Today Secretary of State Robin Carnahan
announced that a petition for changing Missouri election laws
can be circulated for signature to voters.
The initiative would allow Missourians to cast early ballots for all general federal elections (ie. the offices of Congress, the Senate and the presidency).
That's right. No more waiting in long lines on election day. Sounds good -- in theory. And in theory is where early voting it's likely to remain in Missouri for quite some time.
Why's that? Because getting early voting approved for circulation is the easy part. Getting it on the 2010 ballot is the far more difficult challenge -- requiring tens of thousands of voter signatures by May 2 -- and the person behind the petition tells Daily RFT
she has no plans of pounding the pavement in search of autographs.
"I never had the intention of organizing campaign to get this on the ballot," says Jo Sapp
of Columbia, Missouri, who says she'll accomplish her goal if she just gets people talking about early voting.
"There's no way a single individual can go out there and get the number
of signatures required," she says. "But since this is a recurring idea, I thought
maybe it's time to open this up for discussion."
Sapp adds that
every state that surrounds Missouri has some form of early voting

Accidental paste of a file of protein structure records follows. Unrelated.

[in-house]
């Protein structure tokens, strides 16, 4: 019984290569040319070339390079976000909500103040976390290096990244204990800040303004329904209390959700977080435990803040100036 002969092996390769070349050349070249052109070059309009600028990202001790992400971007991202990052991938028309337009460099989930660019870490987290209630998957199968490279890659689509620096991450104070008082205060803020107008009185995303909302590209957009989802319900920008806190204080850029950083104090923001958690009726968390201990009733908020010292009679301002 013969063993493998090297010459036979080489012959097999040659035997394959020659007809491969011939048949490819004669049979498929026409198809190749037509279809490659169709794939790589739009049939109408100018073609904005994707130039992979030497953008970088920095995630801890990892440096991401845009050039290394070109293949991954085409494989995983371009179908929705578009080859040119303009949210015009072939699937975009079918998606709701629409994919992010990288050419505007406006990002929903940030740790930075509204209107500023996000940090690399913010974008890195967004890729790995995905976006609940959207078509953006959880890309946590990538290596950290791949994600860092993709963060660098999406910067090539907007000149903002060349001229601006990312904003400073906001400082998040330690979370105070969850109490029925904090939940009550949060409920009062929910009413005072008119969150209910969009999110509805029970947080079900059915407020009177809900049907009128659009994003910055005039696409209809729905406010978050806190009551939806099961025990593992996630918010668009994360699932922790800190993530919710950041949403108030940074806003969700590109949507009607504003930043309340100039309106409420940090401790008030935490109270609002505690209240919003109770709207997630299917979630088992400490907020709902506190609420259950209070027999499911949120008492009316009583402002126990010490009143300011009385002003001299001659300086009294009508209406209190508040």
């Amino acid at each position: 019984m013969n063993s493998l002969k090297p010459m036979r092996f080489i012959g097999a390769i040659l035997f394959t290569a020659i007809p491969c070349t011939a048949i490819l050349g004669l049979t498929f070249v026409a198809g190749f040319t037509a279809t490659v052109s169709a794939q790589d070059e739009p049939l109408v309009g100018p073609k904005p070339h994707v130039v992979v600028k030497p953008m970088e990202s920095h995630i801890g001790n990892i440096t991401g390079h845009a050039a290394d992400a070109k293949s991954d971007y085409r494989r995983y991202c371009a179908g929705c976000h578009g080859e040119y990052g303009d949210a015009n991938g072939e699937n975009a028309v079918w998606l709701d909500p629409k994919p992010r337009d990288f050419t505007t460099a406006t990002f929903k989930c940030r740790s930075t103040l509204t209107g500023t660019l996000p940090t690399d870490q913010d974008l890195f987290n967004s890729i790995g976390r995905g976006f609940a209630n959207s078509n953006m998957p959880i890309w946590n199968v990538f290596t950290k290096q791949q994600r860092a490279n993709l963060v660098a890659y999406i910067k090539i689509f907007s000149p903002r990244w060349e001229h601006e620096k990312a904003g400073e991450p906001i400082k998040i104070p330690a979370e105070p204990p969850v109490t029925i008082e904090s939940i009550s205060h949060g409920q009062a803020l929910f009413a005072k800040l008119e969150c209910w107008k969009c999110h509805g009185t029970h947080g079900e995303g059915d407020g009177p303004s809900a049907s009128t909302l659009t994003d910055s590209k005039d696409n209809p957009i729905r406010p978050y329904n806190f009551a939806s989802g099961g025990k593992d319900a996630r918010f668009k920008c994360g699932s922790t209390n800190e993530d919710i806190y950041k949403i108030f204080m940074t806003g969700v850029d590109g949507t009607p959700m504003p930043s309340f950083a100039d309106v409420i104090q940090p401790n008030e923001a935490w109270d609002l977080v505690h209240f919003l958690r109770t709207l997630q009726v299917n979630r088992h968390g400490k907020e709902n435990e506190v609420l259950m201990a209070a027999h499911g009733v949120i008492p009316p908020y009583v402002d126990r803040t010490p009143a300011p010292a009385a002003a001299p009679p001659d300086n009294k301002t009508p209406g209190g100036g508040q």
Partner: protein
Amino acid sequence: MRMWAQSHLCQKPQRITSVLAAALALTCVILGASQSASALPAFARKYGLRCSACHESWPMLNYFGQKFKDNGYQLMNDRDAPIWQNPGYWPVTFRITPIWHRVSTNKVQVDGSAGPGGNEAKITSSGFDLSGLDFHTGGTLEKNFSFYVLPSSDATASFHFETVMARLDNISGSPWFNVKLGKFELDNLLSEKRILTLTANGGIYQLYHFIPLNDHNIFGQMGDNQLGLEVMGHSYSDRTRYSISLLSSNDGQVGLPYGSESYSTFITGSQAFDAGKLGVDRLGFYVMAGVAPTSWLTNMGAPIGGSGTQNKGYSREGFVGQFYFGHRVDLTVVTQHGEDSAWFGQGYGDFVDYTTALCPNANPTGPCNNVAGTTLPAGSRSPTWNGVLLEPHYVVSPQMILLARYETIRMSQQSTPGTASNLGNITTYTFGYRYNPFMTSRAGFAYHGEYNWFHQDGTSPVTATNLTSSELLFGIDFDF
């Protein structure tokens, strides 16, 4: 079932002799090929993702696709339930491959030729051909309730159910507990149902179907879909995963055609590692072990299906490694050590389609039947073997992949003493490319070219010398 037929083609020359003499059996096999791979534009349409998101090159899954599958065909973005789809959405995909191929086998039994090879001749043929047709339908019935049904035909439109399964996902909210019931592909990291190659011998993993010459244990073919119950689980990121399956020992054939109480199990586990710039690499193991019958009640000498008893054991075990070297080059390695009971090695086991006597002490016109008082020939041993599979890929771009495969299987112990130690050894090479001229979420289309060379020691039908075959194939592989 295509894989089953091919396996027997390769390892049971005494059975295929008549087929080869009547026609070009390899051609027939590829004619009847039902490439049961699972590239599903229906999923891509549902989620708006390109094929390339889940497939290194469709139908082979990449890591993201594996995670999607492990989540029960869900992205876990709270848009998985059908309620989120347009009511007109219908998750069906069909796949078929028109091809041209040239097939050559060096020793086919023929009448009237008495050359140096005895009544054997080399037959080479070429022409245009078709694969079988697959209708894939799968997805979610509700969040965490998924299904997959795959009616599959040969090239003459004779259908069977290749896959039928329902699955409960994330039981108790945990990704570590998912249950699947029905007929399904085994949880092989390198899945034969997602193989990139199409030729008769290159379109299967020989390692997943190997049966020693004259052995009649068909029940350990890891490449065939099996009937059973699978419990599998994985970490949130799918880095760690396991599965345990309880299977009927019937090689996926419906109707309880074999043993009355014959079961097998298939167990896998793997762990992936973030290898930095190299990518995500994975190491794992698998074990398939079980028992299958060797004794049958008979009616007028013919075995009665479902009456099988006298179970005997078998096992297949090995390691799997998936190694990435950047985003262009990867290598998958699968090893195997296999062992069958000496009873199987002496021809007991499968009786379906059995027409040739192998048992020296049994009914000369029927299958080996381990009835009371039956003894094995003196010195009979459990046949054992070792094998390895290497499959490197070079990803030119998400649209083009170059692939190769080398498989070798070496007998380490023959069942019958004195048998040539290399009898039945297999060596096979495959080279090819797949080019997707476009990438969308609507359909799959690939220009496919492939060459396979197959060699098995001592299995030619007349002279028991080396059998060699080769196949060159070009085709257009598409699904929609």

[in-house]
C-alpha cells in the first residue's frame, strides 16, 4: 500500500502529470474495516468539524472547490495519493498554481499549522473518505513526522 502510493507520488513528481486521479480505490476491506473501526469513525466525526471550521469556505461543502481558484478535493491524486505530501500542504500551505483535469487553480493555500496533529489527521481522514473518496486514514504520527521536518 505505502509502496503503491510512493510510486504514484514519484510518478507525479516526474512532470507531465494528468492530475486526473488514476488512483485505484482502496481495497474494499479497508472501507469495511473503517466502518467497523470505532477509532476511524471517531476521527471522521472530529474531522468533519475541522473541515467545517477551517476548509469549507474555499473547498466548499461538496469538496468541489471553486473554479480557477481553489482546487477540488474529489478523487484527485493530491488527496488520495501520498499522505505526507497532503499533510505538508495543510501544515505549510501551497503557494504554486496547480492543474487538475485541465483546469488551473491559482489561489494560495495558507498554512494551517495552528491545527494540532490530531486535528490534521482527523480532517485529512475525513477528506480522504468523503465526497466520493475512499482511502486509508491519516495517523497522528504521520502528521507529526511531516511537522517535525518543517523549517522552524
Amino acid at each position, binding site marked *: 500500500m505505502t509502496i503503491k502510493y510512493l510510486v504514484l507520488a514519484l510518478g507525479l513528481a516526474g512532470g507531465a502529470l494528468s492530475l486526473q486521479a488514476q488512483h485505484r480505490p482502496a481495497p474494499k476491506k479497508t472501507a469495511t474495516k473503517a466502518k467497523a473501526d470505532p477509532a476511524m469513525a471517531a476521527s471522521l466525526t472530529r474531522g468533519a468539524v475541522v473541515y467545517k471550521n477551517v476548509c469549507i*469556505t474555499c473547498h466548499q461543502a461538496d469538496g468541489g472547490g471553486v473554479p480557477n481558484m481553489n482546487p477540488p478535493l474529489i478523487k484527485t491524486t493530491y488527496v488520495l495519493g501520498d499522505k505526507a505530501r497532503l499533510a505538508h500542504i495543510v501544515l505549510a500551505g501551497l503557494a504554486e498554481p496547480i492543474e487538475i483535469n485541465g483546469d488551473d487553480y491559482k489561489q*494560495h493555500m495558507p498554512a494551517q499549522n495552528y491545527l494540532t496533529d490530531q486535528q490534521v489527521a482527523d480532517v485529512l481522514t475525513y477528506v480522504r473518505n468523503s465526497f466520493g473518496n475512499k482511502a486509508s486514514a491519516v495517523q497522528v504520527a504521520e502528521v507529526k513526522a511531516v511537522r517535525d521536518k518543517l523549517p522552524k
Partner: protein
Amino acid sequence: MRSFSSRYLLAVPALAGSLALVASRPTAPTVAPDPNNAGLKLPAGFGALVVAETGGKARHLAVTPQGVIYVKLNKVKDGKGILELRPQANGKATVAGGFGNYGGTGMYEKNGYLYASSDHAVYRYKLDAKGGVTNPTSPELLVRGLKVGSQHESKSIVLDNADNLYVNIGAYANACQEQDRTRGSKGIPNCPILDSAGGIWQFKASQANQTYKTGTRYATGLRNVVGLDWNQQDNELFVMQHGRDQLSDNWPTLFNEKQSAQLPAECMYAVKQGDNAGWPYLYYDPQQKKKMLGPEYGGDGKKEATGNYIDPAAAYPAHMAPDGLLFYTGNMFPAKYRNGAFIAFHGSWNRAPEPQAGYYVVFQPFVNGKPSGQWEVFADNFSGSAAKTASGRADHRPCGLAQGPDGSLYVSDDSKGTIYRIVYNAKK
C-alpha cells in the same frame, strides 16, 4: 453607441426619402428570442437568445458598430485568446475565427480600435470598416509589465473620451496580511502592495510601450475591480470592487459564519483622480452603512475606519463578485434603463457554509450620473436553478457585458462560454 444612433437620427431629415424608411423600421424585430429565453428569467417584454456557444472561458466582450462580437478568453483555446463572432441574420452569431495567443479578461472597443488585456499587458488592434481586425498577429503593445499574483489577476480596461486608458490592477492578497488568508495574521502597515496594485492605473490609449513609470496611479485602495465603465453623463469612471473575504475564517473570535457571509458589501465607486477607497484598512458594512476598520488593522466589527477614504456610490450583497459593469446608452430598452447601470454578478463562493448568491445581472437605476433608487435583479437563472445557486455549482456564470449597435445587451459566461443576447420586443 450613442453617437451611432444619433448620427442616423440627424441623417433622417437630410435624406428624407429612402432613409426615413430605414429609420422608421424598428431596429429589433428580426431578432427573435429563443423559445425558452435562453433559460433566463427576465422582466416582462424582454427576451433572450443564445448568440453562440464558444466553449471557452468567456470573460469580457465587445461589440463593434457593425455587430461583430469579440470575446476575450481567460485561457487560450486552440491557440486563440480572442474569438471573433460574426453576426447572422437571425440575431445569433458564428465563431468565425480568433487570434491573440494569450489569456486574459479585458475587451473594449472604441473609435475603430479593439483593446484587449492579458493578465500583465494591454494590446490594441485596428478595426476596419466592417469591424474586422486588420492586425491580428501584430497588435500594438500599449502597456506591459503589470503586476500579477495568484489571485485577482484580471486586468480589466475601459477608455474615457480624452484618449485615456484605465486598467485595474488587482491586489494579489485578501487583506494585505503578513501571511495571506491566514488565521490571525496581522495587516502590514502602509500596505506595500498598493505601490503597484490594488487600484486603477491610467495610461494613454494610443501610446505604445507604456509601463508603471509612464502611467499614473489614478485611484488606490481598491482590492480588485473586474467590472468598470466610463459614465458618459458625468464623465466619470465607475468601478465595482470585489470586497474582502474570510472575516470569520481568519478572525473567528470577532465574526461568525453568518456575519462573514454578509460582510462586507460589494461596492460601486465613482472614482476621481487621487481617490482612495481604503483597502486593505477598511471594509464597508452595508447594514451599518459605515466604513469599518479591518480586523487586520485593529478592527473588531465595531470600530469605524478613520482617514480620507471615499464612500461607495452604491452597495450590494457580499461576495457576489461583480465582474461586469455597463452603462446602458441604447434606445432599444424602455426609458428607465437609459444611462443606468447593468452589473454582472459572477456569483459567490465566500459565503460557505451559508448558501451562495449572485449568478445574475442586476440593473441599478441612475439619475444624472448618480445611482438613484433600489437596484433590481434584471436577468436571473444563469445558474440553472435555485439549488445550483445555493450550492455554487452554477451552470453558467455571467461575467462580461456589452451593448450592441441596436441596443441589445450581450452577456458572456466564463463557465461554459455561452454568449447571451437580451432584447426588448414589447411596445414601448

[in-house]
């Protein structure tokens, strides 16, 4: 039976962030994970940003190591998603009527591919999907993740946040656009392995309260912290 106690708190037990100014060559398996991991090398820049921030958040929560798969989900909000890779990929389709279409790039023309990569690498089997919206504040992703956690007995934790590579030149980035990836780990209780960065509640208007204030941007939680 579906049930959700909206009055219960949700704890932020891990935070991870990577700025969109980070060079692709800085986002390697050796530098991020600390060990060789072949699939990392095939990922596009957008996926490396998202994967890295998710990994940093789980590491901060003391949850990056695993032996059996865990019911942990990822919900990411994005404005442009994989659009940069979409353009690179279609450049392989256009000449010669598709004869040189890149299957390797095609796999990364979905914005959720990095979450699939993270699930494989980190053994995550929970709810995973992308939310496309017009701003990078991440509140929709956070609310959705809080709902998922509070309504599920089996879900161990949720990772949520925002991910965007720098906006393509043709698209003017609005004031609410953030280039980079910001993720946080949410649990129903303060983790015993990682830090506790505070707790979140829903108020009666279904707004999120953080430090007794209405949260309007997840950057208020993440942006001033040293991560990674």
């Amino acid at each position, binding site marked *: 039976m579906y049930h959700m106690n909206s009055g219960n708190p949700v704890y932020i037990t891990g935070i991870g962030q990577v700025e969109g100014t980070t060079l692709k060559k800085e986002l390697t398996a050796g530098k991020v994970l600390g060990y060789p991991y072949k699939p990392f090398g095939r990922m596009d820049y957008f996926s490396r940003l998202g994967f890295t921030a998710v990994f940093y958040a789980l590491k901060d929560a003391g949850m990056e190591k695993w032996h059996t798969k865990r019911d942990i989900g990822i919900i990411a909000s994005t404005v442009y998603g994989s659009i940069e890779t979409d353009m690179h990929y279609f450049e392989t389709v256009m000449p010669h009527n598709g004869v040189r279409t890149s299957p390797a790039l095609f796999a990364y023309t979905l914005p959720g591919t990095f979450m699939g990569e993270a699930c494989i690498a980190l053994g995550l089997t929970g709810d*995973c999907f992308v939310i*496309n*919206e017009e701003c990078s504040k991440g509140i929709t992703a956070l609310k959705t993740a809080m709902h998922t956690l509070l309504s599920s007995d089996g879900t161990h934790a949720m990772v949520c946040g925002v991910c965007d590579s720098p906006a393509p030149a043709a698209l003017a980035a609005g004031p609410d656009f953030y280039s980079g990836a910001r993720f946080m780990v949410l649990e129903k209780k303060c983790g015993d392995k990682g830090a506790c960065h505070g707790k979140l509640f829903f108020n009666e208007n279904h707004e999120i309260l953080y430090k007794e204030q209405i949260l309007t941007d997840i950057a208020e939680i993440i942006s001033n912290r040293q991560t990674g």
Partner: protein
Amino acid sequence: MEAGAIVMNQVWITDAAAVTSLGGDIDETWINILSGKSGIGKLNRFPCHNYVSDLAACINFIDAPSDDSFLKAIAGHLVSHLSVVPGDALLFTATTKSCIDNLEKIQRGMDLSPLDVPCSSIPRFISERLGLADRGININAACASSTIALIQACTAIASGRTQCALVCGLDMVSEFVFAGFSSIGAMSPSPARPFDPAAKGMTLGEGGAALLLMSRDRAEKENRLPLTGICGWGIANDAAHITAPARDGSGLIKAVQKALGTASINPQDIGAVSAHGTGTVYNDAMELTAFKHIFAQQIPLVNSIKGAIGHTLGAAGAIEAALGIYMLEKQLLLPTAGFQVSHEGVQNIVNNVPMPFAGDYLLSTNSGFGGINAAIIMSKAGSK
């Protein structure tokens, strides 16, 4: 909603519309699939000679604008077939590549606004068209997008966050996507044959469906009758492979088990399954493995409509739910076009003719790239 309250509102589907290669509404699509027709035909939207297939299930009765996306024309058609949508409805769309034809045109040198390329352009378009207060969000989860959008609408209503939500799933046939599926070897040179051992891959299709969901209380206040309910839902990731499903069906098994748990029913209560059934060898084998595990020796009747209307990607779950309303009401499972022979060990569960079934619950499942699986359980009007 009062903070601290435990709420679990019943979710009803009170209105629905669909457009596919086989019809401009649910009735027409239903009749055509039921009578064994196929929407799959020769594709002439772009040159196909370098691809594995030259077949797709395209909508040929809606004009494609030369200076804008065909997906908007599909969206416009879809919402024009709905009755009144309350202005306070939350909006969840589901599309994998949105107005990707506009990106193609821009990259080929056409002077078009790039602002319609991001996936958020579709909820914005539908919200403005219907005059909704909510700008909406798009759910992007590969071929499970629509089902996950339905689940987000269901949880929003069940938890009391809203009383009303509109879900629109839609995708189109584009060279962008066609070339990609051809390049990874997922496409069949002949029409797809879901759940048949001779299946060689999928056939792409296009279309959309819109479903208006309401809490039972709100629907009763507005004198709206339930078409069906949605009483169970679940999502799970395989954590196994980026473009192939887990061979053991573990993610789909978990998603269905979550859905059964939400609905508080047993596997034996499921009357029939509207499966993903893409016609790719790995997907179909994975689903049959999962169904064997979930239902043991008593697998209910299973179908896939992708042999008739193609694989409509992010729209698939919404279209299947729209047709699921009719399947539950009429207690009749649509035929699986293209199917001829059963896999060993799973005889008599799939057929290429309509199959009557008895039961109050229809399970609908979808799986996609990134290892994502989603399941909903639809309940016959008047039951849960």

that does not require a special excuse from the voter. In Missouri, absentee voters
can cast an early ballot but only if they can provide an adequate
reason as to why they can't vote on election day.
"So the questions are: What's wrong with the systems elsewhere, and why can't we give it a try?" she says.
As it stands now, Sapp's initiative would allow Missourians to
"vote early" but (in contrast to the Chicago political cliche) "not
often." It reads:
Shall Missourilaw be amended to:
- expand options for
voters by allowing them to cast ballots in person prior to federal general
elections without the current absentee ballot excuse requirement;
- and make
it illegal to cast such an early ballot and to vote at the polls for the same
the most recent federal general election of 2008, 32 states allowed
voters to cast early ballots without a special excuse. And while most early voters tend to sway toward Republican candidates and issues
, the 2008 election defied that trend with record numbers of people casting their early vote for Barack Obama.
says she's less concerned as to which party would most benefit from
early voting. Her goal is to include more people in the electoral